It's since been lovingly restored and updated while retaining its Old World elegance — and continues to welcome guests into its hallowed halls today. The hotel puts guests right in the center of the island's historic district, and a complimentary shuttle runs to guests to its sister property, Jekyll Ocean Club Resort, with a private beach, restaurants, bar and a pool deck to give the best of both worlds. (Of course, if beach time is the number-one priority, the oversized suites and prime beachfront at the Ocean Club may just convince you to book there. The shuttle runs both ways, after all.)
The island’s policy of exclusivity dissolved in 1948 when it opened as a state park (it still maintains this status, so there's a small fee to enter), but the best of this place has been preserved — namely, its unspoiled nature and much of its historic architecture.
In addition to soaking in the serenity of its beaches, you can enjoy this unique place by booking a guided trolley tour of the island’s historic cottages (including Indian Mound, which once belonged to oil tycoon William Avery Rockefeller Jr. and his wife Almira) and landmarks.
The tour includes entry into one of the cottages, and there are other tours that give a more extensive look into specific structures across the district. There's one for Faith Church, for example, where you can take in the unique architecture and intricate stained glass of the gothic-revival-style chapel once frequented by members of the Jekyll Island Club.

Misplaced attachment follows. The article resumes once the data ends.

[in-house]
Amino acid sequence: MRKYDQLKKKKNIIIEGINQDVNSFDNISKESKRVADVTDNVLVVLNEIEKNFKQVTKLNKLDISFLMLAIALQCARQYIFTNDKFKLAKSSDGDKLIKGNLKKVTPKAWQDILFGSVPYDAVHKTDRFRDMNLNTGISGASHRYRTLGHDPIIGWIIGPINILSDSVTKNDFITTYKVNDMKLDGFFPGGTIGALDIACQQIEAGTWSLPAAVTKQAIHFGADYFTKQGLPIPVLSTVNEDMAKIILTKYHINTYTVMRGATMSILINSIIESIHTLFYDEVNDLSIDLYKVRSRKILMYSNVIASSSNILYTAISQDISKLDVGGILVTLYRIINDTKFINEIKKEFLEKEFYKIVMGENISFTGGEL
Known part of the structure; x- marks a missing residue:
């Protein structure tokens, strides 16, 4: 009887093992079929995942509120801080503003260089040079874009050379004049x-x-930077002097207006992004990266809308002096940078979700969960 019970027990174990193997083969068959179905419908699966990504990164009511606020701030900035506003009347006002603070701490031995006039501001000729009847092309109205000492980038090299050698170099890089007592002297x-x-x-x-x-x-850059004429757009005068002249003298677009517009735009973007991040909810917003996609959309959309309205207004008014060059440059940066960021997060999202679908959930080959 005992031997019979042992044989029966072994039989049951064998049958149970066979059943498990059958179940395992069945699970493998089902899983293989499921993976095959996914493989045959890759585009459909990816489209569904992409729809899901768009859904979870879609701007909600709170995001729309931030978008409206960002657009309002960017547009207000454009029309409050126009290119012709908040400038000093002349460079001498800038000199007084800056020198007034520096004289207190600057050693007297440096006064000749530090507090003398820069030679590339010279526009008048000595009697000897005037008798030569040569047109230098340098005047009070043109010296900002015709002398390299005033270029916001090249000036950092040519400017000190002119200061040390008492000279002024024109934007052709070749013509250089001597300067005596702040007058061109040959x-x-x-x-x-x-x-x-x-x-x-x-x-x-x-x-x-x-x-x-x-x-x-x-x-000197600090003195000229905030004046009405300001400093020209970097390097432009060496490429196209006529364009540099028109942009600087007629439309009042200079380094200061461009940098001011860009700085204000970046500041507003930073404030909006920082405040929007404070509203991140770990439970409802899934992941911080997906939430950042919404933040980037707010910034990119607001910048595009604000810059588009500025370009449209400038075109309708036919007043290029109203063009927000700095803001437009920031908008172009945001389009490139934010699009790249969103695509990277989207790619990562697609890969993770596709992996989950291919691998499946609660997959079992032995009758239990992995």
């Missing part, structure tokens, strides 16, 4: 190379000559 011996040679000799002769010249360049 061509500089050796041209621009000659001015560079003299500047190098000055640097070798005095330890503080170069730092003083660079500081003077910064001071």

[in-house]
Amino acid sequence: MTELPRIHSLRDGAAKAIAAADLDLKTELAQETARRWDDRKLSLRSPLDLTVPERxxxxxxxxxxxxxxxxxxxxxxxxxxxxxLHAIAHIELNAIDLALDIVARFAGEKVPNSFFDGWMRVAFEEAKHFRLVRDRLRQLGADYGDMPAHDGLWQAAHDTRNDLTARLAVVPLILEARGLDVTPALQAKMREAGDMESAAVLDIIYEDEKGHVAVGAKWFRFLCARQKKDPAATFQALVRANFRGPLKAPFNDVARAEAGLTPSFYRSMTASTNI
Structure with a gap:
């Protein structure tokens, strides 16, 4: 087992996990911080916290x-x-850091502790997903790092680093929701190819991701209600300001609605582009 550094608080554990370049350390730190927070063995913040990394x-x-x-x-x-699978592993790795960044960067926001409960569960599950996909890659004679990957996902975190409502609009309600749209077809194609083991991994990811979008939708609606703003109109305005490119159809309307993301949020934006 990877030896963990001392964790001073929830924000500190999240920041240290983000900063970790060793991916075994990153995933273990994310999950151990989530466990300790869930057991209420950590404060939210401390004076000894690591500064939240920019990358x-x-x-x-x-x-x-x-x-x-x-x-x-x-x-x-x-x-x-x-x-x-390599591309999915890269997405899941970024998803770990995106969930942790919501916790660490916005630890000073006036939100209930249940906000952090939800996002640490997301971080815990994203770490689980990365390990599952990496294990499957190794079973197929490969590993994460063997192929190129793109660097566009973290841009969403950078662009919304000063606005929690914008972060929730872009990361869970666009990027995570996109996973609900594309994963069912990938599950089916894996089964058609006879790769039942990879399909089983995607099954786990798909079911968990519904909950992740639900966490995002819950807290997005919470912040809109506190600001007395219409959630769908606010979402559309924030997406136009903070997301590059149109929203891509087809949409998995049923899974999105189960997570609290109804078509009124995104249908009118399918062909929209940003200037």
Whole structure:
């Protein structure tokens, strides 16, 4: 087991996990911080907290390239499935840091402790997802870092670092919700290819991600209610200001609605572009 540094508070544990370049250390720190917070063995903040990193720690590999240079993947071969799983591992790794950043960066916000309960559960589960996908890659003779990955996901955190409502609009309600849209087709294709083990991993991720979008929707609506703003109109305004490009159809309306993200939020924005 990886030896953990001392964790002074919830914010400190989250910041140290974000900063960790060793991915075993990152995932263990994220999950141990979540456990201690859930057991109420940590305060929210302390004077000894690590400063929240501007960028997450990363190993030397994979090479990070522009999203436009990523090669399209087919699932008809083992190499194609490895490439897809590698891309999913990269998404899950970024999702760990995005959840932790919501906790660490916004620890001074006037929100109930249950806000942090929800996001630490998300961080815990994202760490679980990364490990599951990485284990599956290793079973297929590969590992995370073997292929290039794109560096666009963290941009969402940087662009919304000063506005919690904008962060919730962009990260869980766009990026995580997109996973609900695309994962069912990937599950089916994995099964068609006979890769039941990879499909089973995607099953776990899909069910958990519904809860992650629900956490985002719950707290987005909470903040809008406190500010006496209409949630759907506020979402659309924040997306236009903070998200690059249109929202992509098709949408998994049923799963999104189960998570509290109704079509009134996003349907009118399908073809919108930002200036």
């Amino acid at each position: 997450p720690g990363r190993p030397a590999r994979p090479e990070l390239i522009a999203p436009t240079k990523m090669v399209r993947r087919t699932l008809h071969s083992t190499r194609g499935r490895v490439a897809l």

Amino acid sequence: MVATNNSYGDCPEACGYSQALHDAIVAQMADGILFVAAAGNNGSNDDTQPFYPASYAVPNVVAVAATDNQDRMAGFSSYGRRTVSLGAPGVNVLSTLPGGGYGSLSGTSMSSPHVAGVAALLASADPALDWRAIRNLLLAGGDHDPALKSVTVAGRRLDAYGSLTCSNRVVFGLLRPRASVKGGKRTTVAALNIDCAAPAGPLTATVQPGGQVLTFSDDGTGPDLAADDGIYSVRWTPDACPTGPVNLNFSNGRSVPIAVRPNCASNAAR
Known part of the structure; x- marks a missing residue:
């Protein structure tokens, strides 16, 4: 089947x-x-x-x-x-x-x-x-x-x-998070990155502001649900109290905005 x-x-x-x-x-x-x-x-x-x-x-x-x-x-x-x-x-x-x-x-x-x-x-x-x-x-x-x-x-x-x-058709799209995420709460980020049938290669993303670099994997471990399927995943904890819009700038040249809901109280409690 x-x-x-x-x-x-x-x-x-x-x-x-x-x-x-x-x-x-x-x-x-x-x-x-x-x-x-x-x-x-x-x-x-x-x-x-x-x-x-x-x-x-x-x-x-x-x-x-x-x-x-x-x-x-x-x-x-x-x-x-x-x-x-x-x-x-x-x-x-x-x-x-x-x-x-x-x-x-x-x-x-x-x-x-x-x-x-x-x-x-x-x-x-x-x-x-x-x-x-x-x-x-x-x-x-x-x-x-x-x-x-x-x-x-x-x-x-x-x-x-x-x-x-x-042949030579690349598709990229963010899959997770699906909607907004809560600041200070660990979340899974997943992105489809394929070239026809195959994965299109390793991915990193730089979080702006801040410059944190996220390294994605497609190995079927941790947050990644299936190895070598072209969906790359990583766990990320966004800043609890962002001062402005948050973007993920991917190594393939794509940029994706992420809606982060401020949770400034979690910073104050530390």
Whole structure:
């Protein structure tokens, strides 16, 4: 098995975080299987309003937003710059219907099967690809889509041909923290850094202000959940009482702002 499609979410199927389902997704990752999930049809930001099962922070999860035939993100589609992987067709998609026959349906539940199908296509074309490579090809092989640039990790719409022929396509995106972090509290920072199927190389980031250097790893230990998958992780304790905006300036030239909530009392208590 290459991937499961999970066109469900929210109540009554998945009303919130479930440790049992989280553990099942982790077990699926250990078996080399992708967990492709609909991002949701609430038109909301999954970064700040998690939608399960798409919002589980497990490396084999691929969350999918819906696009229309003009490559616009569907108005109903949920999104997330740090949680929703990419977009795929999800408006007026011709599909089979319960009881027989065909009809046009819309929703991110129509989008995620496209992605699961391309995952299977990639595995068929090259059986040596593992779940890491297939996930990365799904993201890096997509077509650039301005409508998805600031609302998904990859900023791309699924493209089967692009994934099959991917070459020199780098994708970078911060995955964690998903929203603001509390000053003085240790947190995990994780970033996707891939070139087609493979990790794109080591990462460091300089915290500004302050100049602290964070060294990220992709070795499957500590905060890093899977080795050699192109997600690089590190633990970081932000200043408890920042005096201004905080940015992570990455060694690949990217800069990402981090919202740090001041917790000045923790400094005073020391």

Though the park's now open to people of all means, its beaches still offer million-dollar views. Driftwood Beach is rightfully among the most photographed, due to the numerous pieces of uprooted, sea-weathered trees that continually wash up on its eastern-facing shores.
The wood-strewn shoreline makes it a better spot for sightseeing and picknicking than swimming, so when a dip is in order, opt for Oceanview Beach Park at the center of the island instead. You'll also find an easy-access parking lot, restrooms, showers, ADA-accessible amenities and picnic pavilions by the sand. Leashed dogs are welcome, too.
Another spot for gorgeous views, this time of generous swaths of precious, water-purifying marshland, is the Jekyll Island Guest Information Center at the entrance to the island. The center houses a two-story viewing platform and a cute gift shop, in addition to friendly staff eager to provide information on the island's attractions and activities.
The vistas can carry into mealtime at Baja-Mexican restaurant Tortuga Jacks, Jekyll Island's only oceanfront dining spot, located smack in the middle of the island's eastern shore. There's ample outdoor seating at the colorful tables set under an oversize chickee hut, and the wicker lantern-lit indoor space looks out at the dunes, too.